The problem with going away to visit a distant garden is that you’re hostage to the weather. Which is why, last May, my husband and I found ourselves soaking up water like sponges as we took in the gardens of Morville Dower House in a downpour.
Morville is a very special place, despite the vagaries of Shropshire weather. Created by Dr Katherine Swift over twenty years, it marries the history of gardening with the history of the people who lived there, taking you through different historical periods and recognising different influences. Here’s what she says about it:
“Although the garden is divided into separate areas by high hedges, it is less a succession of garden ’rooms’, each leading into the next in an orderly sequence, than like a medieval church, with nave, transepts and aisles, choir and apse, little side-chapels and chantries, glimpsed sideways through arches and arcades in an ever-shifting perspective. There’s a transparency about it—the way an overture before an opera introduces all the themes that will be elaborated later—yet it retains its secrets, its ability to surprise.”
And all this falls into place if, before you visit, you read her enchanting book The Morville Hours — about the garden, but not about gardening (and from which the above quote is taken). Like music, the book is full of interconnected themes. It hangs on the framework of a Book of Hours, a devotional book of offices and prayers, echoing the rhythm of daily monastic life. It also follows the seasons, with memories and stories chosen to suit the essence of each time of year.
The Morville Hours was published in 2008 to quiet rapture. My husband was relieved that, for once, I knew what I wanted for Christmas.
But when I started it, something was wrong. Here was a book I’d eagerly anticipated, with all the ingredients I like, and yet I wasn’t enjoying it. Then I realised: I was reading too fast. This is a book to linger over, to savour; it has a meditative quality. Like fine chocolate, it doesn’t do to eat it too fast; you miss too much and then feel slightly sick.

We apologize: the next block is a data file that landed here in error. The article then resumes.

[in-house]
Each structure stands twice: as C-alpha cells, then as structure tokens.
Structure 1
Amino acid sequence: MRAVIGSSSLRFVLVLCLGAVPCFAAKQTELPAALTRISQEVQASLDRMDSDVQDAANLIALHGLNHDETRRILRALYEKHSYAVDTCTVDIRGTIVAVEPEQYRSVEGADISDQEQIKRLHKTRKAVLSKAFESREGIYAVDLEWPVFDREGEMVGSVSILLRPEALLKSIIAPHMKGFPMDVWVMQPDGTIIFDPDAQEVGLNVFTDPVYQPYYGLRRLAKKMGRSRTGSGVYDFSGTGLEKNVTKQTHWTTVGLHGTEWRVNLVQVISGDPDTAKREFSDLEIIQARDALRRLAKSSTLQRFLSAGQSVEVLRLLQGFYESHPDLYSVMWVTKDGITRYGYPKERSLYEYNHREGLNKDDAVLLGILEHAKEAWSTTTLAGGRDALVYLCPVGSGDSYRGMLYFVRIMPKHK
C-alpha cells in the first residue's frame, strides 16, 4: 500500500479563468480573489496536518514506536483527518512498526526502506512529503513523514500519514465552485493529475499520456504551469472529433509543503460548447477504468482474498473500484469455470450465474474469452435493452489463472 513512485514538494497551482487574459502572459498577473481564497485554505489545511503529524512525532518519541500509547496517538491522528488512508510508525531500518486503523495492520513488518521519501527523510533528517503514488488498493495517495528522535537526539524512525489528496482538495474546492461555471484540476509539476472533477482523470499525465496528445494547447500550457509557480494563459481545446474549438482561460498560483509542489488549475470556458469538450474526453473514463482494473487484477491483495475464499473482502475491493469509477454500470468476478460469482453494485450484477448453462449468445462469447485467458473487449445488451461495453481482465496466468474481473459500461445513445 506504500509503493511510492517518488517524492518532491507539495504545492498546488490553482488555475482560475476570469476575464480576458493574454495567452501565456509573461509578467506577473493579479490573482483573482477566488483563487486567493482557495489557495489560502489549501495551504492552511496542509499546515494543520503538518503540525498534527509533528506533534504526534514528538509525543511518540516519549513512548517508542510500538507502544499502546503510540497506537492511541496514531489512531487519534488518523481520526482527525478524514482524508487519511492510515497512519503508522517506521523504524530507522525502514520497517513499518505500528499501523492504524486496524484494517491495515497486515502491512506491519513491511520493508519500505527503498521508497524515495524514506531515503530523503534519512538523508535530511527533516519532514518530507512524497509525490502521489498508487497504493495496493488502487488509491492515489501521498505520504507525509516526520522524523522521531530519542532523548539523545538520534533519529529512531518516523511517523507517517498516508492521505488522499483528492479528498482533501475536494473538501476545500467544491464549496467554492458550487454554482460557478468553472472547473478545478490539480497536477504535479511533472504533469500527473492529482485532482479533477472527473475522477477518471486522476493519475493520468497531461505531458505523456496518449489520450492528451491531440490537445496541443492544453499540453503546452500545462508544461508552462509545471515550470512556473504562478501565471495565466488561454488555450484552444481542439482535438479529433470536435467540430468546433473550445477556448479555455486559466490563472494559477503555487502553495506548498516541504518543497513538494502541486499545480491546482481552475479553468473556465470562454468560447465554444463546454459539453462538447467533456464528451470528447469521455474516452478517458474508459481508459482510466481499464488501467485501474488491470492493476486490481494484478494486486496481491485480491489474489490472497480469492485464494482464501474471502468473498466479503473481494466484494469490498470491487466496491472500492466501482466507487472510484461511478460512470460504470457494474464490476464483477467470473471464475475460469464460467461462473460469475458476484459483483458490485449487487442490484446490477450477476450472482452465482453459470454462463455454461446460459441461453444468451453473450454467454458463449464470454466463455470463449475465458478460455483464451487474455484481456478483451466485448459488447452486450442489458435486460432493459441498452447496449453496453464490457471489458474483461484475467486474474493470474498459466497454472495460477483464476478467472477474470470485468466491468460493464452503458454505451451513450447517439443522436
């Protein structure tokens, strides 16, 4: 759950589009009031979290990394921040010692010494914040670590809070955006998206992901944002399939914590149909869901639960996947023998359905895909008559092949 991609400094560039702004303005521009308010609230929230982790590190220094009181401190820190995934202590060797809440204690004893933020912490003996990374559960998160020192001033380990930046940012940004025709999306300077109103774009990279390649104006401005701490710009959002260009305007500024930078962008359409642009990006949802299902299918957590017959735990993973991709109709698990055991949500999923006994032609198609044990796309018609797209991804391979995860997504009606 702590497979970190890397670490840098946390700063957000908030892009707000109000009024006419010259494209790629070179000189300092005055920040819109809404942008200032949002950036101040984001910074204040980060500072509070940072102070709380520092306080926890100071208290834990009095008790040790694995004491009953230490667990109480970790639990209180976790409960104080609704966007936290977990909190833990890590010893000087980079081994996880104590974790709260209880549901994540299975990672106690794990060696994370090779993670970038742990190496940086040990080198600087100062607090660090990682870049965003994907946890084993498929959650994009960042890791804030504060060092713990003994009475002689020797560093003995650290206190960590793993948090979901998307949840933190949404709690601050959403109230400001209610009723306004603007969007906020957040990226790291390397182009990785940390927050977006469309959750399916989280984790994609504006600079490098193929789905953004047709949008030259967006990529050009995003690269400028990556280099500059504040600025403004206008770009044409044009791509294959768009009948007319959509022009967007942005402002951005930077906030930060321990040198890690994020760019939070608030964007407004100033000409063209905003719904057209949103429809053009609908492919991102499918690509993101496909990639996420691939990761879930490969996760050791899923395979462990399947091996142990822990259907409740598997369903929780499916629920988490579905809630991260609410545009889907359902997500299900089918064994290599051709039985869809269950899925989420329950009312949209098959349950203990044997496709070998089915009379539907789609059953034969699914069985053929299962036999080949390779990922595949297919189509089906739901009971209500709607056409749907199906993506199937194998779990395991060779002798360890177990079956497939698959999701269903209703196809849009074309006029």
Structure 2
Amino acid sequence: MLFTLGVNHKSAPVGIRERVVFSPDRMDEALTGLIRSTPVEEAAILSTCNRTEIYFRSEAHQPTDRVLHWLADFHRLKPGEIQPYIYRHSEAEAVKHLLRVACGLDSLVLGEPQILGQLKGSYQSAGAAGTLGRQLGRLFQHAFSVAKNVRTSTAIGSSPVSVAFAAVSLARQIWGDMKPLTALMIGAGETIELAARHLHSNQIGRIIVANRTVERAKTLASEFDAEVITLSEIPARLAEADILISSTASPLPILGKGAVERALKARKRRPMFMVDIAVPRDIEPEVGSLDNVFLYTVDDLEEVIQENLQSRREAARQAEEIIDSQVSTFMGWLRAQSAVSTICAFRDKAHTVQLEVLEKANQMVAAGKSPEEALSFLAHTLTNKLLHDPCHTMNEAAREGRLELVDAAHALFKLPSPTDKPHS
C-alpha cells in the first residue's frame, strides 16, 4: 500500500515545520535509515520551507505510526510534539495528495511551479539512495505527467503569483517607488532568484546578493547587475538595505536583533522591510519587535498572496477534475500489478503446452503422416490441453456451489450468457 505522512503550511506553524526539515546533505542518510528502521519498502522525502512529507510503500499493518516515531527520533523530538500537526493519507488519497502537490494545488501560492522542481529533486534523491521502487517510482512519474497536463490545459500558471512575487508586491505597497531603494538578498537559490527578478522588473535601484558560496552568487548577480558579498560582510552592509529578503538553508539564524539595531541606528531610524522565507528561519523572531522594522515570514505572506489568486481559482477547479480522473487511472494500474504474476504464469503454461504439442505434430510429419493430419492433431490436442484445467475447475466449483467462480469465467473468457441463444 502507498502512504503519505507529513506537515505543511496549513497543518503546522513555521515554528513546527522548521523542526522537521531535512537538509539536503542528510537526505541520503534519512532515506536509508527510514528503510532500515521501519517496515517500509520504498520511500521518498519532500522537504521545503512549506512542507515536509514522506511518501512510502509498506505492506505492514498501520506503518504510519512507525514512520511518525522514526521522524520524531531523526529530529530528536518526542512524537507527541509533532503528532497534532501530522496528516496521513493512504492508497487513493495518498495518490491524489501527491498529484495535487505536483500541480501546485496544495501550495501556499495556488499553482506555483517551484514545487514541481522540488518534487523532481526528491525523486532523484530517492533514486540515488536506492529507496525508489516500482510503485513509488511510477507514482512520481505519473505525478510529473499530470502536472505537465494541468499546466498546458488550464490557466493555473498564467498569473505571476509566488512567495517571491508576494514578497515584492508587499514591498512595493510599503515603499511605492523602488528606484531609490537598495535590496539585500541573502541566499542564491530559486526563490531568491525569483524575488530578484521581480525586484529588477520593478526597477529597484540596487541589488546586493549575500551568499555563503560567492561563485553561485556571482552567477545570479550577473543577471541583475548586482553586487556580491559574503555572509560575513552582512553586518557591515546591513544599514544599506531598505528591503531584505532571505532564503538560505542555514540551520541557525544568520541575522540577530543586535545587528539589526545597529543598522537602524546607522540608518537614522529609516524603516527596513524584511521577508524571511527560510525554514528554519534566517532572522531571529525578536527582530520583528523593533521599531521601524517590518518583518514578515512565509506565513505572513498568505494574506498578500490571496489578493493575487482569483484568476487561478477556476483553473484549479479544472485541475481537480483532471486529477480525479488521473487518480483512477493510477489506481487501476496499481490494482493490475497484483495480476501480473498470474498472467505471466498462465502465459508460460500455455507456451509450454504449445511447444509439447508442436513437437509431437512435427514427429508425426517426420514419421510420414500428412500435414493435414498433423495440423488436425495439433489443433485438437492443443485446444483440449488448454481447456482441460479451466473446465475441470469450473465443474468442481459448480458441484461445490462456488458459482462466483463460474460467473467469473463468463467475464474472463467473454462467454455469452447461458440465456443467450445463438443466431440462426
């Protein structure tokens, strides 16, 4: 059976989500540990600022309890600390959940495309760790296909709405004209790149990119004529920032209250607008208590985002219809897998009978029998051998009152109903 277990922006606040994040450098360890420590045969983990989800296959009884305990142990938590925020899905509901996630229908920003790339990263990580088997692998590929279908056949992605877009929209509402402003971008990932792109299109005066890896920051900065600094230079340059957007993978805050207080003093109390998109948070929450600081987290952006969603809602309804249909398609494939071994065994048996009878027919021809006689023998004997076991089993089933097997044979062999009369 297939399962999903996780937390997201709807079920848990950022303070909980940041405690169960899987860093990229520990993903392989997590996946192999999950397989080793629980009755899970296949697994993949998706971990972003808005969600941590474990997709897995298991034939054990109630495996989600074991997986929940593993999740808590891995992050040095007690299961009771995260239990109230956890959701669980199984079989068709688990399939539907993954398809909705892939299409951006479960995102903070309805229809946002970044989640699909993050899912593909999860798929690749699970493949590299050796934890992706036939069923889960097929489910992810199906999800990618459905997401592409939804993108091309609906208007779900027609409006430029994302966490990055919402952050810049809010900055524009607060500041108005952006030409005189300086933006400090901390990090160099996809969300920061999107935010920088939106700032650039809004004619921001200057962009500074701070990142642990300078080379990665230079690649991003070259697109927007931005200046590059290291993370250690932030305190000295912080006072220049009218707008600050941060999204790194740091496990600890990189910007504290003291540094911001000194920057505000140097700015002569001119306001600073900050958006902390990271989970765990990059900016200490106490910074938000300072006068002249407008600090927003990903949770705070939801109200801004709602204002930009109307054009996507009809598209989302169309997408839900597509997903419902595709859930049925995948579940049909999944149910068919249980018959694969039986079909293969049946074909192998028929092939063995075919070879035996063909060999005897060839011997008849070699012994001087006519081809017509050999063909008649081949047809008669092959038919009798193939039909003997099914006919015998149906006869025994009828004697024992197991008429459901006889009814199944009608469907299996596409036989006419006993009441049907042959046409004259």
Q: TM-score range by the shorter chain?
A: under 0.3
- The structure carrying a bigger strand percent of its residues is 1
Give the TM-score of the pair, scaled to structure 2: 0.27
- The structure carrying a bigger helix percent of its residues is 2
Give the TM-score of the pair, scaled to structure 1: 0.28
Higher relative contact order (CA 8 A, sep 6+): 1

The pages are dense with history and stories (the variety of subjects is huge). Included are memories so personal that gradually you realise that she’s telling you about herself. And then, as with all good literature, you realise that she’s really telling you about yourself.
“Wherever we were, Pa always planted a garden. Like tent pegs hammered into the ground, it anchored me.”
The Morville Hours is firmly anchored in Shropshire, and reading it adds immeasurably to the atmosphere of this most atmospheric county. And for those who do not know Shropshire, The Morville Hours must surely make them regard their own landscape with a more perceptive eye.
But don’t just take my word for it. Ursula Buchan’s review in The Daily Telegraph sums up the garden. (There's also a lovely article in The Times by Jane Wheatley, but their paywall won't allow a link. It gives a much more intimate picture of the author, as well as a lengthy book excerpt, should you be able to access it.)
If you’re thinking of a break in Shropshire this year, just make sure you’re there on a Sunday, Bank Holiday or Wednesday, the days when Katherine Swift opens her garden gate to guests.